Destiny In Our Design Part 2 | Empty Earth
This is the second part of a series on 'Destiny In Our Design'. To view Part 1 click here.
“Be fruitful and multiply, and fill the earth, and subdue it; and rule over the fish of the sea and over the birds of the sky and over every living thing that moves on the earth.” (Genesis 1:28 NASB).
Really? A Farmer?
I don’t know if you’ve thought about this before, but the writer of Genesis is asking us to be farmers. Or something like that. I don’t know about you, but I don’t want to raise chickens or cows any more than I want to be a squid. I like the rubber boots, but I’ve chased cows through fields. I’ve stepped on the crusty, squishy things they leave behind. And I’ve been stepped on, in return, by a Clydesdale horse. Not a lot of fun any way you look at it. The last time I worked on a farm my reaction to the dust and hay was a never-ending river of snot streaming from my nose. Please God, don’t make me a farmer!
Of course, the Genesis account is framed to fit the first human beings. It’s pre-civilization. So it has to do with making the most of the land and its walking, squawking and flowering inhabitants. In other words, agriculture. This is shown by the ensuing descriptions of the naming of animals, difficulty working the ground, and the agricultural nature of the work of Adam’s sons. But this is really a purpose statement in kernel form. For once human beings begin to order, limit and control their environment, food production increases. And with it, there comes increased population, larger communities and extra commodities which can be traded. And this allows leisure and increased trade and innovation. Before long there are teachers, blacksmiths, carpenters, doctors, midwives, musicians, scholars, priests and bricklayers. Specialization. You can see this in the account of Genesis 4 with the advent of the first city planner, the first rock star and the first metal worker.
All this to say that when God spoke about what it is our destiny to do, it was to lead us to exercise our talents, influence and leadership in whatever sphere of influence we have. Multiply what we have, give it away, and make our environment thrive. And we are to do it in a way that reflects the One who made it all in the first place.
The Divine Work
In the command to be fruitful, to rule and subdue there is a sense of movement; that the stunning organic art that is this world is not yet complete on Day 7. It’s as if Phase One has ended and that many tiny touches of the brush are needed to bring the world to its fullest sense. Its further unfolding is left for the assistants, the sons and daughters to complete. This is what we are made for.
The world is made for us.
In the ancient world, the work of the world was sometimes seen as the cast off jobs of the gods. Menial tasks that they hated doing and rebelled against. But the truth is that our work in the world is the completion of the divine work. A holy task entered into through a royal proclamation, a destiny decree, a commission. The world is made for us. And God’s rest from his work is so that we can take up our work. The writer says in near-poetic consummation:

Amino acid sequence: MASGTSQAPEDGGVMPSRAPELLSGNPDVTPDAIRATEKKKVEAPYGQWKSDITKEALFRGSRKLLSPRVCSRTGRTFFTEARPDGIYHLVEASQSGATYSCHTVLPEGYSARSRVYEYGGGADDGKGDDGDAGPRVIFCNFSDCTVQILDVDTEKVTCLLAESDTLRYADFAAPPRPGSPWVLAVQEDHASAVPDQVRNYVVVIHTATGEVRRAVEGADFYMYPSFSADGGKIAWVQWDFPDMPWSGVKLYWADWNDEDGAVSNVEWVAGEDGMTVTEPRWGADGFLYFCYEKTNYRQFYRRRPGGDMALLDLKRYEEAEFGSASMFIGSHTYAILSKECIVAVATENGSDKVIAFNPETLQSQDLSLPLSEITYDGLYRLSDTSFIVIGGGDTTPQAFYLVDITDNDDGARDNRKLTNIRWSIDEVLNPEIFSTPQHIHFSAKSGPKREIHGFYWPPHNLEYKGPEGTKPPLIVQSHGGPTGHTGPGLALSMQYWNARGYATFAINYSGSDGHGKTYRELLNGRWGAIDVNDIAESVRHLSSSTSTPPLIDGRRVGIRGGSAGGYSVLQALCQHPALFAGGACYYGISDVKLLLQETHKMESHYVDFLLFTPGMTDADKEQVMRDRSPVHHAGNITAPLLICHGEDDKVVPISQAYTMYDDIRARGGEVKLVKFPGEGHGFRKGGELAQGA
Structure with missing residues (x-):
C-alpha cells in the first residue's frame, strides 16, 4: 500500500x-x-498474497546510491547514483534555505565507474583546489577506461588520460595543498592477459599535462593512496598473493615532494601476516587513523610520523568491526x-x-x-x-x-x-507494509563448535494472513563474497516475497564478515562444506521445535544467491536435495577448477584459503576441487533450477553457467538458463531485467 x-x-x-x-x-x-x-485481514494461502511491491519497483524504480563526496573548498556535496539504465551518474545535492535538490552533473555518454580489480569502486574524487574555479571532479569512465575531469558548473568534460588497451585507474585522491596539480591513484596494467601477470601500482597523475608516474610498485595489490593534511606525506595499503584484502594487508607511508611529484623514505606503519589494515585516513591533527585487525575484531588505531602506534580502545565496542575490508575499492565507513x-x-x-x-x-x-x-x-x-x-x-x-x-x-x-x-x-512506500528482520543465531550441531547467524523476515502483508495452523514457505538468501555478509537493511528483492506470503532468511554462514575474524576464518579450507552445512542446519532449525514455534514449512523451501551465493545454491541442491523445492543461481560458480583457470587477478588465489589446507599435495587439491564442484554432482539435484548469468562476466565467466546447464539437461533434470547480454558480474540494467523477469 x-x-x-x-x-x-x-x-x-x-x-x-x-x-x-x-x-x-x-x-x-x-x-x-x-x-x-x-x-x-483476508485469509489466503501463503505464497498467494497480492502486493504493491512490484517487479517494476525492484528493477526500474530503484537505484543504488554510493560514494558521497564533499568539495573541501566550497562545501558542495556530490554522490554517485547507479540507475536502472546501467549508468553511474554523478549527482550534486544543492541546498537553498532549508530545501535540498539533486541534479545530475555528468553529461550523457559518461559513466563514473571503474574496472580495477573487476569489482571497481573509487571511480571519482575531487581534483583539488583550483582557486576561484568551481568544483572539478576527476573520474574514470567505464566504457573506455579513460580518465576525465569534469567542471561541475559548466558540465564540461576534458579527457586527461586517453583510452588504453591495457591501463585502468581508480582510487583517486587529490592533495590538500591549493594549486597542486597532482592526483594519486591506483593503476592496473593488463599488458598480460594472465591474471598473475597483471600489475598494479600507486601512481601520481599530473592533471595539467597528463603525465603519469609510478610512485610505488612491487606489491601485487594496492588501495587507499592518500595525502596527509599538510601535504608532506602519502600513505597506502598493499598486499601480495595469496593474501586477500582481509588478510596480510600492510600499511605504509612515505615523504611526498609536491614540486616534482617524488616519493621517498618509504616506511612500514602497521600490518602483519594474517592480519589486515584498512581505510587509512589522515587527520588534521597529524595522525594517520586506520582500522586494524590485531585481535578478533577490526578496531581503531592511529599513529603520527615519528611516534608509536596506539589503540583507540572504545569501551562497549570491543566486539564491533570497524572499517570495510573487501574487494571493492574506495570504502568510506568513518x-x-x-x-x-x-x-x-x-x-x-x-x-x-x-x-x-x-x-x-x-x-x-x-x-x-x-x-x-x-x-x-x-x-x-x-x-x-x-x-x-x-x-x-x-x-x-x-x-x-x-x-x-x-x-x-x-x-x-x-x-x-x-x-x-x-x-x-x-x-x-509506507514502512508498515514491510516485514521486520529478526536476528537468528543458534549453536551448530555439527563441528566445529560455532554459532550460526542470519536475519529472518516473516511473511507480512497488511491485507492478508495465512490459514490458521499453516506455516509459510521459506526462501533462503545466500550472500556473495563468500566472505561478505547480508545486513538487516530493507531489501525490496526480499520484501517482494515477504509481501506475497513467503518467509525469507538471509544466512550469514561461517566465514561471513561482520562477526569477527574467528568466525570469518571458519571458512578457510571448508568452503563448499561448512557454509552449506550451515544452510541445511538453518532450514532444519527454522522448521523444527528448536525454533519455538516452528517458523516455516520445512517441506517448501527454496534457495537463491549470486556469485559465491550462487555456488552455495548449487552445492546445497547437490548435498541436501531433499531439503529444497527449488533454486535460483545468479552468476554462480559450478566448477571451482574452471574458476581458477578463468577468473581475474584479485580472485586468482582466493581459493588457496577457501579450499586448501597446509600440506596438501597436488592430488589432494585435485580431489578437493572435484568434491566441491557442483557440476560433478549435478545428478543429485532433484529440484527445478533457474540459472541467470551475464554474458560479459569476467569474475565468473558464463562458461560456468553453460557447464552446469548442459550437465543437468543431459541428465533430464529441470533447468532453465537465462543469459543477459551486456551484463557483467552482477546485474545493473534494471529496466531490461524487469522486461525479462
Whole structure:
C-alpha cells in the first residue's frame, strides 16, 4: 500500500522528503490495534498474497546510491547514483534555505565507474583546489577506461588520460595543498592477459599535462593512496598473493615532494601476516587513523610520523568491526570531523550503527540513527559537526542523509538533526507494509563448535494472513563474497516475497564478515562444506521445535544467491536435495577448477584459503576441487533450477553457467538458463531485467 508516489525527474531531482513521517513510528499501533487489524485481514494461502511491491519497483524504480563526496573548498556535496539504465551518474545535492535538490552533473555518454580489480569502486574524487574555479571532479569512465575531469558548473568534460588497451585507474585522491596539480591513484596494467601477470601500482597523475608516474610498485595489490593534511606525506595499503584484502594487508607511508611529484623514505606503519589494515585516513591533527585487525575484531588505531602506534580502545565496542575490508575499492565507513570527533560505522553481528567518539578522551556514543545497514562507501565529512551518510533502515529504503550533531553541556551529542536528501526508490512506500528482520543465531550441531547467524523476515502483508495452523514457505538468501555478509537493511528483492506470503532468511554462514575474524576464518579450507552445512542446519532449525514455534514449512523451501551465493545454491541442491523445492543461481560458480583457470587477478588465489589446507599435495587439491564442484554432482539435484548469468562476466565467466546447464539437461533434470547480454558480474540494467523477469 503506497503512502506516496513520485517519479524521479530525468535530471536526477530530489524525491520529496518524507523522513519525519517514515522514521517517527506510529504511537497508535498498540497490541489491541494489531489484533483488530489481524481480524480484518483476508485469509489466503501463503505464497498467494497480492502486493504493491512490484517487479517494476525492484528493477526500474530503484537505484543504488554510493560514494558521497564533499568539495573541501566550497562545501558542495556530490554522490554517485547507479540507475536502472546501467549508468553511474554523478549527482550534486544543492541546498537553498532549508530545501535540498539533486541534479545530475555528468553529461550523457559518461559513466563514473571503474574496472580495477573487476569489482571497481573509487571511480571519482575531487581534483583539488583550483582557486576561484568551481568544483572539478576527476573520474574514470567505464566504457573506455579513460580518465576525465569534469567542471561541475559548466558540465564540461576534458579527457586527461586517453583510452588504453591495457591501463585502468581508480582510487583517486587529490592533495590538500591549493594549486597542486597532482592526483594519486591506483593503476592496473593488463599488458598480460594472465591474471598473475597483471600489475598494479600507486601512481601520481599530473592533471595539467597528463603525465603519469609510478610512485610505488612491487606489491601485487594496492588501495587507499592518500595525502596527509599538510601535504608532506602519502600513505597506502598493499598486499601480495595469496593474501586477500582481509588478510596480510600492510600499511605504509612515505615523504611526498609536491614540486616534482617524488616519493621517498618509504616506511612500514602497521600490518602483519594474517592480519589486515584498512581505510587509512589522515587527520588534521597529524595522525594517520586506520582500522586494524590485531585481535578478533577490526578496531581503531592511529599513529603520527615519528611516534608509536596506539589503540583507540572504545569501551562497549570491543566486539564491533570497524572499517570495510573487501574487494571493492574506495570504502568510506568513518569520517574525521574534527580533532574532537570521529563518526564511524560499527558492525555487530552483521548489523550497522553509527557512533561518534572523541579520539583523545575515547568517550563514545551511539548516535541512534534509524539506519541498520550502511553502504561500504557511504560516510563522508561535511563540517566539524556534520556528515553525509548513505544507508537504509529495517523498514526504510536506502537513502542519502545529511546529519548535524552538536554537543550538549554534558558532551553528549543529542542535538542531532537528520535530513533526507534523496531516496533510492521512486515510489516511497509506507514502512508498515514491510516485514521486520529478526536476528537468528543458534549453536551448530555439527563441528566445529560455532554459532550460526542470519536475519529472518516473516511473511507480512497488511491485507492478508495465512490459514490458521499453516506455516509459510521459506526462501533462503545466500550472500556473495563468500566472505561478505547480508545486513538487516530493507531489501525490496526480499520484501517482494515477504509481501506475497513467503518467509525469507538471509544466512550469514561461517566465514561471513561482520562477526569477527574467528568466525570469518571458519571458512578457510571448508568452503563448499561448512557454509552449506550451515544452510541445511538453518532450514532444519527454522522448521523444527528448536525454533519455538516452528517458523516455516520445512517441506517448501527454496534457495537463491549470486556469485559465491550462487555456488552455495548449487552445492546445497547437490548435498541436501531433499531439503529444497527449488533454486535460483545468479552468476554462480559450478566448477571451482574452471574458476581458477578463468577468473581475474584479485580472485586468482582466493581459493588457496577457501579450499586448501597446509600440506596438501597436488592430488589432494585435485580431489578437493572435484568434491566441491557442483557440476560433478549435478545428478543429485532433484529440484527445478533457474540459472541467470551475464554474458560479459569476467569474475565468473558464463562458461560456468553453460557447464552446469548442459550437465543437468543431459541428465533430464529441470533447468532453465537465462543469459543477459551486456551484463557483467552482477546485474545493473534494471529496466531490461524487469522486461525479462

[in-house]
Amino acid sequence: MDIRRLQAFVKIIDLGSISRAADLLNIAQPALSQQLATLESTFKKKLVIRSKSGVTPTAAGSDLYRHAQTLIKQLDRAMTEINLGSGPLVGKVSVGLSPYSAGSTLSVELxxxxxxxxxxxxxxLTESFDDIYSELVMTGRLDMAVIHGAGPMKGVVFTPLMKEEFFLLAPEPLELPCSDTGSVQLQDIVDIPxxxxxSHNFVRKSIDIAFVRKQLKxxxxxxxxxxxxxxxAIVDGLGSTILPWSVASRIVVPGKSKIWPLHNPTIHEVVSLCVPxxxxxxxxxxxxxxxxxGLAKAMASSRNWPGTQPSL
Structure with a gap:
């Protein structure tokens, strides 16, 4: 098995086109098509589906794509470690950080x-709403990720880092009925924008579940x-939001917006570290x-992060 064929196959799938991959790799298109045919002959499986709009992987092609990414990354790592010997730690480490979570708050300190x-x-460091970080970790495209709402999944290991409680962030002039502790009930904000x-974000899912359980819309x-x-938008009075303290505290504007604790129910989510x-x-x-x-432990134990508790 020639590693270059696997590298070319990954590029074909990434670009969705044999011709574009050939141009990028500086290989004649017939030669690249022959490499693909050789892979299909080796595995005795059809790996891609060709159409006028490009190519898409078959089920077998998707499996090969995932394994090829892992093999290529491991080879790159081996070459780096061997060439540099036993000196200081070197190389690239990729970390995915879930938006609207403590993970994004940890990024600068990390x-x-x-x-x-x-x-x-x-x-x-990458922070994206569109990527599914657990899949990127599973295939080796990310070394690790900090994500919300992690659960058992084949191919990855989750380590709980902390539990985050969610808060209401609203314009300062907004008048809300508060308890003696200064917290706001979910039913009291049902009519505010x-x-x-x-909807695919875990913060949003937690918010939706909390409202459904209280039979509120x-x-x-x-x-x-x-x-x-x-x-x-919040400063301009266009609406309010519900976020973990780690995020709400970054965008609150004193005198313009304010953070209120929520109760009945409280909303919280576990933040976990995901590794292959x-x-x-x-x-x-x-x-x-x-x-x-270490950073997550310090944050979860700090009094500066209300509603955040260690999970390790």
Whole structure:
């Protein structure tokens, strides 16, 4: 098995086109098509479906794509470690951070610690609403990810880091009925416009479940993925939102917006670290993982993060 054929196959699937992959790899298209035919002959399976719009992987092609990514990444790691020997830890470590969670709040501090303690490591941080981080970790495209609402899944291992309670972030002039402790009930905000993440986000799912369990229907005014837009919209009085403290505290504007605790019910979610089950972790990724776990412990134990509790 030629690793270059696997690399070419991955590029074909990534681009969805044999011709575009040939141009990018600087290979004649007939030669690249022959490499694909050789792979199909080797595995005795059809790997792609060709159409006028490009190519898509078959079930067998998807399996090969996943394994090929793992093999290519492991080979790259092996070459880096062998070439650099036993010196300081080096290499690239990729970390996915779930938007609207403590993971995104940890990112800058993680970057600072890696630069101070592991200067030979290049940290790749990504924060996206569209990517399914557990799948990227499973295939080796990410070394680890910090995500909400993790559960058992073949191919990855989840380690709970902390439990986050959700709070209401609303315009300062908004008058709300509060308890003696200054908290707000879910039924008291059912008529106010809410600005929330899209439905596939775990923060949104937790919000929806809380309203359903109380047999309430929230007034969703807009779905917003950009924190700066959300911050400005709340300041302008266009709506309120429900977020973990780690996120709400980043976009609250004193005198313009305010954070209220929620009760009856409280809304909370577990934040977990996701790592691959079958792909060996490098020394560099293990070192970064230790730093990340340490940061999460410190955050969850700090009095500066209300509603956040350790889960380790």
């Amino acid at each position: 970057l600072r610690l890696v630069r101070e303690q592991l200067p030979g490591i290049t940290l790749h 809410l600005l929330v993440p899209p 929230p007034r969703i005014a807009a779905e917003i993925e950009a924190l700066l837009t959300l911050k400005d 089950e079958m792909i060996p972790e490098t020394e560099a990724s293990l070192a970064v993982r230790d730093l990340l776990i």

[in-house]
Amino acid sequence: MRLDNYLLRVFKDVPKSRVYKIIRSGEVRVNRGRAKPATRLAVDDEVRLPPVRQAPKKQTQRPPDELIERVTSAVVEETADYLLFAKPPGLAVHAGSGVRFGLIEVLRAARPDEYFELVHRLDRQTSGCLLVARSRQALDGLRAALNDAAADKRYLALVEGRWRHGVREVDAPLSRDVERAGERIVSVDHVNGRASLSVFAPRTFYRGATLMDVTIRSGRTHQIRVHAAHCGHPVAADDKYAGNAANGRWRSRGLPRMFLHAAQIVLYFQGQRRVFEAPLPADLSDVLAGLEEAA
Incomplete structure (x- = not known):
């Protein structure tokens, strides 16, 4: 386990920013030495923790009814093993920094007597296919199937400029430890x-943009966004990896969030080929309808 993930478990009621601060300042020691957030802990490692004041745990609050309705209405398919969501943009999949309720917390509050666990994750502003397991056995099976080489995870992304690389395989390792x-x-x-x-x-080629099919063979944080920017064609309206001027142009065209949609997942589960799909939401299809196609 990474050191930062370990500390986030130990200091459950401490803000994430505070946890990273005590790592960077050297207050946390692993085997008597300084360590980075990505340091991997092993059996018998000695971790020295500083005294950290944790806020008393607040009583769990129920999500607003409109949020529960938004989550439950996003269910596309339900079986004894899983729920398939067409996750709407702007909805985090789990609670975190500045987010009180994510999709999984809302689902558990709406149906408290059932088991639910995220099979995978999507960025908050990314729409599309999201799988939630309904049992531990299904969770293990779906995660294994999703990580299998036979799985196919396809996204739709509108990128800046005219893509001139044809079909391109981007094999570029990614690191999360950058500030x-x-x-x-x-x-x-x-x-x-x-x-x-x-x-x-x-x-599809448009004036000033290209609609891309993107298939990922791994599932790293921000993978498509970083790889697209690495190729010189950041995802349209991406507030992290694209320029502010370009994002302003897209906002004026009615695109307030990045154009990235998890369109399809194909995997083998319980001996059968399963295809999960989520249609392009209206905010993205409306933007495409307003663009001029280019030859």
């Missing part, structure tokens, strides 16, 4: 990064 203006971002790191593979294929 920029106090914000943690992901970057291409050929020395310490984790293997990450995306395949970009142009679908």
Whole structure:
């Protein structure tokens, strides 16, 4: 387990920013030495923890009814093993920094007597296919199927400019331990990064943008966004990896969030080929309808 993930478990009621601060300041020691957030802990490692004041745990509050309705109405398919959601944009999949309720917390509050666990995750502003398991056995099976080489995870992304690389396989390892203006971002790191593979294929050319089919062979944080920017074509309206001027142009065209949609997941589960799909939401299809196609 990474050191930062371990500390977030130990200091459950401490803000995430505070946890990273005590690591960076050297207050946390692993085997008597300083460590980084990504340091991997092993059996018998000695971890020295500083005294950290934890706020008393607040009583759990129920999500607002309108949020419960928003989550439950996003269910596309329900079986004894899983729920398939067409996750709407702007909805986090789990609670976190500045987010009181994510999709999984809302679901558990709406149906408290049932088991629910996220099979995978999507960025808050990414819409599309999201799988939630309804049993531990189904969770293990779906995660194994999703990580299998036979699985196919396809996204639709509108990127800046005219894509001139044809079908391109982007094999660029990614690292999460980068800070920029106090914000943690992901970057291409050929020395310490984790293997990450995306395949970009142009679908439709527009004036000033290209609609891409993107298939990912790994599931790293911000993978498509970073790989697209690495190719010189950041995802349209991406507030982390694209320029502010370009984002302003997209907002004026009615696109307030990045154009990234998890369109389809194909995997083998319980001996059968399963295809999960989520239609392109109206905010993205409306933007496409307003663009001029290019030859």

"Thus the heavens and the earth were completed, and all their hosts. By the seventh day God completed His work which He had done, and He rested on the seventh day from all His work which He had done. Then God blessed the seventh day and sanctified it, because in it He rested from all His work which God had created and made." (Genesis 2:1-3 NASB).
This is the denouement, the small and succulent dessert that finishes off the meal. God rests.
But it is also the launch into a whole new phase of activity. The threefold repetition of the word for work (melakah) is curious. Only three other times does it refer to God’s work. Over 160 times it refers to human work. The implication is subtle. Human destiny = work. And our work is the divine work.
The Empty Earth
Can I make another observation?
Without us working in our sphere, something remains unfulfilled. Some aspect of the divine plan is less realized in the world than it should be. It is clearly the case with the prototypical, archetypical man. The writer of Genesis makes the observation that at the start of things there were no green plants on the earth. The reason? Because not only was there no rain, but there was no human being to “serve” the soil. The dirt was just sitting there. Dormant. Unproductive.
Creation is never going to be all it should be without us picking up our specific destiny.
Where we have ignored, forgotten or been ignorant of our specific purpose in the world, something remains undone. The family, farm, business or school room remains less full, less prosperous, less effective than it was intended to be. It stays less full of the fingerprints of God, of the Presence of God. Creation in all of its manifestations is never going to be all it should be without us picking up our specific destiny. There is stuff that we are supposed to do.
To “steward” what is in our hands for the Creator who made it all. We hold our jobs, families, houses, students, employees, classrooms and even opportunities in trust. We are kings or regents under the Great King, the Emperor of the World. We order, manage, make prosperous whatever God places in our hands. It is a sacred trust. An exciting potential. An incredible destiny we have.